In September, Brolgas made up the majority of the cranes coming to roost at Bromfield Swamp with only a few Sarus Cranes mixed in amongst them. A situation that was reversed in October...
Cranes seemed to be a lot harder to find this year, with very few feeding in fields or paddocks close to any public roads, so photographing them coming in to roost was just about the only option available.
After sunset, Barn Owls can usually be found by slowly cruising the back roads in farmland areas.
The water levels were already very low at Hasties Swamp so wildfowl diversity was practically non-existant, with nothing but a couple of thousand Plumed Whistling-ducks present.
The high concentration of Whistling-ducks in the shallow water didn't create a very healthy environment and there were numerous sick and dying ducks dotted around the swamp, making easy pickings for the resident White-bellied Sea Eagles and Whistling Kites.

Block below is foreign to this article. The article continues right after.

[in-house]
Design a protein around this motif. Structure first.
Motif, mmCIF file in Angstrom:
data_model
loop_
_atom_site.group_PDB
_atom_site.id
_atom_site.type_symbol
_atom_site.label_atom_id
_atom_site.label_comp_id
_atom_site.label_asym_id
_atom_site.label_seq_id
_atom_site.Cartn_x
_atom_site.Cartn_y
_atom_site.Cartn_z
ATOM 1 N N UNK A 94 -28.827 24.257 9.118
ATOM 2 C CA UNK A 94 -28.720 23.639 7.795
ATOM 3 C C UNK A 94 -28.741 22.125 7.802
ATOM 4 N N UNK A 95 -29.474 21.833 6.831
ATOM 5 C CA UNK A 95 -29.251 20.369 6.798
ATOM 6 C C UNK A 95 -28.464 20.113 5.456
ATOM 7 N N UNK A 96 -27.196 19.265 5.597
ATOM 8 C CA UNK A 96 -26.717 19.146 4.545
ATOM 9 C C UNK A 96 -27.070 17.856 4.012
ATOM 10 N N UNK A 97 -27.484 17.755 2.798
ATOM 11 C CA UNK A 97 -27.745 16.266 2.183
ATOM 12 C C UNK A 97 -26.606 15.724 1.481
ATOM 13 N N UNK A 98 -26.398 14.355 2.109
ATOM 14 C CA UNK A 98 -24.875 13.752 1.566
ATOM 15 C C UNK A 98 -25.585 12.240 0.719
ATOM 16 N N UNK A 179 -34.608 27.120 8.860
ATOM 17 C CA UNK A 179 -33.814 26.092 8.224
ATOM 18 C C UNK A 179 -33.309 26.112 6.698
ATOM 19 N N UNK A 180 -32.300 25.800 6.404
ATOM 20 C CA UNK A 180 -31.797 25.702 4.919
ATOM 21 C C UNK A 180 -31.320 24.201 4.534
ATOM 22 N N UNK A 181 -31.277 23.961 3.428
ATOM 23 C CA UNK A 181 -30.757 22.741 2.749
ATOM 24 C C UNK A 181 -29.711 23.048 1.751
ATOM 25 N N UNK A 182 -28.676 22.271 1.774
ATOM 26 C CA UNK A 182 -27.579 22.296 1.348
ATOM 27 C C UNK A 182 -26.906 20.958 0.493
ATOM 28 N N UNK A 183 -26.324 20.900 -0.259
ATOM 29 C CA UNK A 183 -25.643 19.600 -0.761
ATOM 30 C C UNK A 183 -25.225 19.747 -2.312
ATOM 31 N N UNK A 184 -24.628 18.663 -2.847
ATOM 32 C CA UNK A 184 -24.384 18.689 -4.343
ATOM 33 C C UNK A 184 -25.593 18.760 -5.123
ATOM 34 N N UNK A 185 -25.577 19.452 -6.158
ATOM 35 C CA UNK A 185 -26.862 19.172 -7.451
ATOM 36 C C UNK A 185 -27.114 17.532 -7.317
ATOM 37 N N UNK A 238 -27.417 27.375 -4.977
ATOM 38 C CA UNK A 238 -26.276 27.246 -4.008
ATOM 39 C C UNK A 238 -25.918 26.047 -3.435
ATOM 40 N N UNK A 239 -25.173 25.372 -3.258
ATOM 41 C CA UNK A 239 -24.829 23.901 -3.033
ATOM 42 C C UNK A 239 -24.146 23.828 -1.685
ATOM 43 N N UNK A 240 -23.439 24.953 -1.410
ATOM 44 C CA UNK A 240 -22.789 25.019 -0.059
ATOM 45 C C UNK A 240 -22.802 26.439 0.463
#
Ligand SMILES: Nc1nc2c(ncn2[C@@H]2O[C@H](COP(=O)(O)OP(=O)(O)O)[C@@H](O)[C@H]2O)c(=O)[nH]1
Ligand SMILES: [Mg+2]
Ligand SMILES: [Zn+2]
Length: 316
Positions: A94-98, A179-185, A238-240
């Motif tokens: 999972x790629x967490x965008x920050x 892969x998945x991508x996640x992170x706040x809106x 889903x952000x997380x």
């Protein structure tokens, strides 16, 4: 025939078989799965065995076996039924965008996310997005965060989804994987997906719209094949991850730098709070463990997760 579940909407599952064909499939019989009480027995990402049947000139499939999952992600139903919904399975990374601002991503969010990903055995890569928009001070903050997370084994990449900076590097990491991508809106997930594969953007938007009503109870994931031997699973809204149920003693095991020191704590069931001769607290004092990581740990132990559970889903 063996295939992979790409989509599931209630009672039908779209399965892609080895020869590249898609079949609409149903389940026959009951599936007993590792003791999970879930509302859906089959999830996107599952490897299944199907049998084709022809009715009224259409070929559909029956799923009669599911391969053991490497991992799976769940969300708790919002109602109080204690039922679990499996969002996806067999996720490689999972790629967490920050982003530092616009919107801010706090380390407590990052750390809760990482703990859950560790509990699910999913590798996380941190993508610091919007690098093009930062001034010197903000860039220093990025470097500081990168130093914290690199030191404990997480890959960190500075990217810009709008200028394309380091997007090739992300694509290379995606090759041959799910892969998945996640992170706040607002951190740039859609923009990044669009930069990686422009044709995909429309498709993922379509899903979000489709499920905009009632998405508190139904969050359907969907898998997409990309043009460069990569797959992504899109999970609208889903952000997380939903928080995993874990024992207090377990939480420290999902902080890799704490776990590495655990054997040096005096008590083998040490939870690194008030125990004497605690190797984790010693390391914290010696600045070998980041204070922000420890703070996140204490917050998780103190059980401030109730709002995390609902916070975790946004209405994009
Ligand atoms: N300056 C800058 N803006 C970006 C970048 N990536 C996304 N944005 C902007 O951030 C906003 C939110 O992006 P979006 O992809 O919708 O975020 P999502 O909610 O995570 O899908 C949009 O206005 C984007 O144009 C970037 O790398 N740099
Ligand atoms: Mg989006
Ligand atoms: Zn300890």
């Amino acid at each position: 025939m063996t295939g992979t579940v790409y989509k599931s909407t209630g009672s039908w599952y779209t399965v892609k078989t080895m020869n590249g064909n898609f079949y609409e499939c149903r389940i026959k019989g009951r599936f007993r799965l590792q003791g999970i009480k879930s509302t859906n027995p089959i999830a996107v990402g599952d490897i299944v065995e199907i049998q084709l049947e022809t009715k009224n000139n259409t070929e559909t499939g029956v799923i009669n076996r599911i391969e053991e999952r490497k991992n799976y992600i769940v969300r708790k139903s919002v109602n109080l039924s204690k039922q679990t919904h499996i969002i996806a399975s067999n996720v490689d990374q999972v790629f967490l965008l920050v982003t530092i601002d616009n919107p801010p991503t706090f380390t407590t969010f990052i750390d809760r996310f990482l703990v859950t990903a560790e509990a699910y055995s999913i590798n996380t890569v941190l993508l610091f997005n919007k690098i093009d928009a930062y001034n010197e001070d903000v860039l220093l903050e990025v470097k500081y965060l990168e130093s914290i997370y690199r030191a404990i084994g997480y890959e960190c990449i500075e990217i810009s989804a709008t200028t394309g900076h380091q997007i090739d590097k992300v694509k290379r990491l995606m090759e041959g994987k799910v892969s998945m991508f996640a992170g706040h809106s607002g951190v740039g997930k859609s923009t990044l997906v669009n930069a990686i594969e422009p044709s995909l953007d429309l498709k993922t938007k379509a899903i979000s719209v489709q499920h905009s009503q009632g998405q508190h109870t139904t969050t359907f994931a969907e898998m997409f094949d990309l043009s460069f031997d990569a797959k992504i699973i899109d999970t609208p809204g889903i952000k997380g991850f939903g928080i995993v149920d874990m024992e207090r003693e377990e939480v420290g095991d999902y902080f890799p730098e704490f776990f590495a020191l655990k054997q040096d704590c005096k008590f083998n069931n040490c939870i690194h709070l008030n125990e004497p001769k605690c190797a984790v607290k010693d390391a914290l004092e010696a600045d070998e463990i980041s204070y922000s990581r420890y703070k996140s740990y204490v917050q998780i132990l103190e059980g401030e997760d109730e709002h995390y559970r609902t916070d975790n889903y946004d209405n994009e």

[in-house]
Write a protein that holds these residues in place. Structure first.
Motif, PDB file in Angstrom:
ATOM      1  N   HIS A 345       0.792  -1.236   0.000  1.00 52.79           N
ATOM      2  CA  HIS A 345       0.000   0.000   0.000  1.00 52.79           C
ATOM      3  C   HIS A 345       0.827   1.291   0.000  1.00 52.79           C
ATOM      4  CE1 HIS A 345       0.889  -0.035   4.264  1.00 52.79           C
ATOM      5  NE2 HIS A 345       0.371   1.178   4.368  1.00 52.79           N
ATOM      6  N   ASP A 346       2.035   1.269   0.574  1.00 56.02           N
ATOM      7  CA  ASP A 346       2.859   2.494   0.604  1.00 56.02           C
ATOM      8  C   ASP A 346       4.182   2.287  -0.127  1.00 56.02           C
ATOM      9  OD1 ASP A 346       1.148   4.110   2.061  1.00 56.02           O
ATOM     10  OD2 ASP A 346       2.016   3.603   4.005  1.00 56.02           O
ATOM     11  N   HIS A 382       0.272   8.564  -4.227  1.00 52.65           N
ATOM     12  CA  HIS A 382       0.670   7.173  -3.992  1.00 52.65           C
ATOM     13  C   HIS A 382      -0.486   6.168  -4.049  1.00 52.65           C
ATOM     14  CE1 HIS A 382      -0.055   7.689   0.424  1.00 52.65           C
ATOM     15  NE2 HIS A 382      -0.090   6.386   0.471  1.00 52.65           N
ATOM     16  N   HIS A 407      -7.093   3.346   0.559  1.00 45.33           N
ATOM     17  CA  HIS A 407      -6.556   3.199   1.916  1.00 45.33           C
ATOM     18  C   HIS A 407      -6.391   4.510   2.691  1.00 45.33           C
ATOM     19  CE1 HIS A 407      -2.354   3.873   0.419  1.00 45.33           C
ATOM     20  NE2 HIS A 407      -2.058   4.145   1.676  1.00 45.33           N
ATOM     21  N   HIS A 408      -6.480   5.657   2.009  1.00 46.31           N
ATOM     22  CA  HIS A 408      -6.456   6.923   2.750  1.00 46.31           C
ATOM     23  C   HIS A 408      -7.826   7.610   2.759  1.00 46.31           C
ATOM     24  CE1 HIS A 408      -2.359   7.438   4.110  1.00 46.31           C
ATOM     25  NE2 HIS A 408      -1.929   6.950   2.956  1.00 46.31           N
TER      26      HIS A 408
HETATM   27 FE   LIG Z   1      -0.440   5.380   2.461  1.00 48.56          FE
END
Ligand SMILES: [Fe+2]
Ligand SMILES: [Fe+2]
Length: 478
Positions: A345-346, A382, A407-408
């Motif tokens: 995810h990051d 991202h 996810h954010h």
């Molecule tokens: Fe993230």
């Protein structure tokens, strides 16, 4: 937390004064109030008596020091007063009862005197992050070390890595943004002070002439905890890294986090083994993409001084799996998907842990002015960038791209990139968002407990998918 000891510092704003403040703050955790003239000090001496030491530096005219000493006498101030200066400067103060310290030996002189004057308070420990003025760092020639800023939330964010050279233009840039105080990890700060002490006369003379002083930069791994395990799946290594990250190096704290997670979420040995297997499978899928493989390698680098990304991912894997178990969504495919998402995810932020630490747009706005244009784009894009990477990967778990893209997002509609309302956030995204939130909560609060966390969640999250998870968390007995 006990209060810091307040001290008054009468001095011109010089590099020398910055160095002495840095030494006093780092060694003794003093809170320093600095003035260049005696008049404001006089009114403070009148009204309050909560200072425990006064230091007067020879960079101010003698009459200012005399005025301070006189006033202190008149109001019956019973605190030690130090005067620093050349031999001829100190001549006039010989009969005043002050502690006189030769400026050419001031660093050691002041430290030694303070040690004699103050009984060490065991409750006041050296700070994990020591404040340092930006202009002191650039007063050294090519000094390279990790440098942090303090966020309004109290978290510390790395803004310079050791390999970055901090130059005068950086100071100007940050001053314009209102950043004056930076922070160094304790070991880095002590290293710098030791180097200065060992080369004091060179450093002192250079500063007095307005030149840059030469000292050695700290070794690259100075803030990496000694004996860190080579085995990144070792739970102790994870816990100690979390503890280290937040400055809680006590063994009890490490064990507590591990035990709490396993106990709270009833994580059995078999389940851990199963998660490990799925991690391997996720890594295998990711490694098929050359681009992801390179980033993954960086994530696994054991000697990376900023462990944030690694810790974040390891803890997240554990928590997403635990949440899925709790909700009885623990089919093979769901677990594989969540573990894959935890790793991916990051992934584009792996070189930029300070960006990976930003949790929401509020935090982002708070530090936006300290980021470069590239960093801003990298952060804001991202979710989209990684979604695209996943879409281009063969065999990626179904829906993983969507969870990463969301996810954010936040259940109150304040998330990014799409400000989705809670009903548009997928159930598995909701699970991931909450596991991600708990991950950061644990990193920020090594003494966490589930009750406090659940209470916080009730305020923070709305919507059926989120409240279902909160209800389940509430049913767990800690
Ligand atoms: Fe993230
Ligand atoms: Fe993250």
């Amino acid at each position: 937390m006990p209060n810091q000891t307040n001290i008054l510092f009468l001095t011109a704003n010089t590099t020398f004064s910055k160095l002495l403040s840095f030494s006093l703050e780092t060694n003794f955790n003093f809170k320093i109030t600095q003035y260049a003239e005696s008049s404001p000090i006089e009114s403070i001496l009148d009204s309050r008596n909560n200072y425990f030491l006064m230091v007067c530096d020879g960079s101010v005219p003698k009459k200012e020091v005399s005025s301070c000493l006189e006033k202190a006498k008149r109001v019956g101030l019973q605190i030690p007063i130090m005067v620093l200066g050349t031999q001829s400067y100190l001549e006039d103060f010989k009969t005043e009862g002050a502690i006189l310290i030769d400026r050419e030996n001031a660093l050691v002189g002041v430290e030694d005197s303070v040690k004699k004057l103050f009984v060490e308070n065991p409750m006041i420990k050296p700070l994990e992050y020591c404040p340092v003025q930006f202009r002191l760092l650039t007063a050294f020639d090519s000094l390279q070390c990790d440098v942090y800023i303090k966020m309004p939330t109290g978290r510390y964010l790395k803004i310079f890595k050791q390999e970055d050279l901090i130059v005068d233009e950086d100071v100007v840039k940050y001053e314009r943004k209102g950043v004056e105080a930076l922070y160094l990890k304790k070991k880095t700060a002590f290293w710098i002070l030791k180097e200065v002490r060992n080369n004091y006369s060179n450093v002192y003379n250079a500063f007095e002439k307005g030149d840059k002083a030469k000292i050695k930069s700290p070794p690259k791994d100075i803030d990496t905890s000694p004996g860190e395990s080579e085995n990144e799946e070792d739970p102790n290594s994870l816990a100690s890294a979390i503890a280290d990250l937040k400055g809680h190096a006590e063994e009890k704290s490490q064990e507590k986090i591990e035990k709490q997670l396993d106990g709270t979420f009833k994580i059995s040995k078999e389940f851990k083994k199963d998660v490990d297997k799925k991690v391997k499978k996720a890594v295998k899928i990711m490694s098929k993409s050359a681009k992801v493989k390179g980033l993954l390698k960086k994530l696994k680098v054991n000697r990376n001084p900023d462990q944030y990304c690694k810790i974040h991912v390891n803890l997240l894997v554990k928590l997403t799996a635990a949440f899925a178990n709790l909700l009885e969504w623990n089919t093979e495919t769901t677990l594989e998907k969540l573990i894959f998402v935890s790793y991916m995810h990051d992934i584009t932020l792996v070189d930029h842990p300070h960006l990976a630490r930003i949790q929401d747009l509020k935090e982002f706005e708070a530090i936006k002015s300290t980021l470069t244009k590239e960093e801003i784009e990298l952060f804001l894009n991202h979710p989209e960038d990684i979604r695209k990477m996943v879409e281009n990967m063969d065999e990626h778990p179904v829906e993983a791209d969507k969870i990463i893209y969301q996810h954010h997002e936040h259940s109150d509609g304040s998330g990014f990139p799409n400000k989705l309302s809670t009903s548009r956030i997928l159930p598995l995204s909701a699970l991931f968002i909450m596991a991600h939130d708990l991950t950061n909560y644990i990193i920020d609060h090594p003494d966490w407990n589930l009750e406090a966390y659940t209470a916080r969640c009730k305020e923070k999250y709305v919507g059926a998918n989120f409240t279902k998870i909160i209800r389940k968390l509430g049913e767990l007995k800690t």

Platypus are common on the Tablelands and there are numerous places where they can regularly be viewed at any time of the day.
The tiny Yellow-bellied Sunbird, the only member of the sunbird family that occurs in Australia, builds an elaborate pendulous nest of plant fibres and grasses all bound together by using spider webs as glue.
One of my favourite lizards, the Boyd's Forest Dragon, seemed to be a bit harder to find this year, but I did manage to spot a couple of them towards the end of the month.
Boyd's Forest Dragon (Hypsilurus boydii)
Yellow-blotched Forest-skink (Eulamprus tigrinus)
Another lizard endemic to the Wet Tropics of northern Queensland is the rare Eulamprus tigrinus which can occasionally be seen basking on tree trunks or buttress roots in the rainforests.
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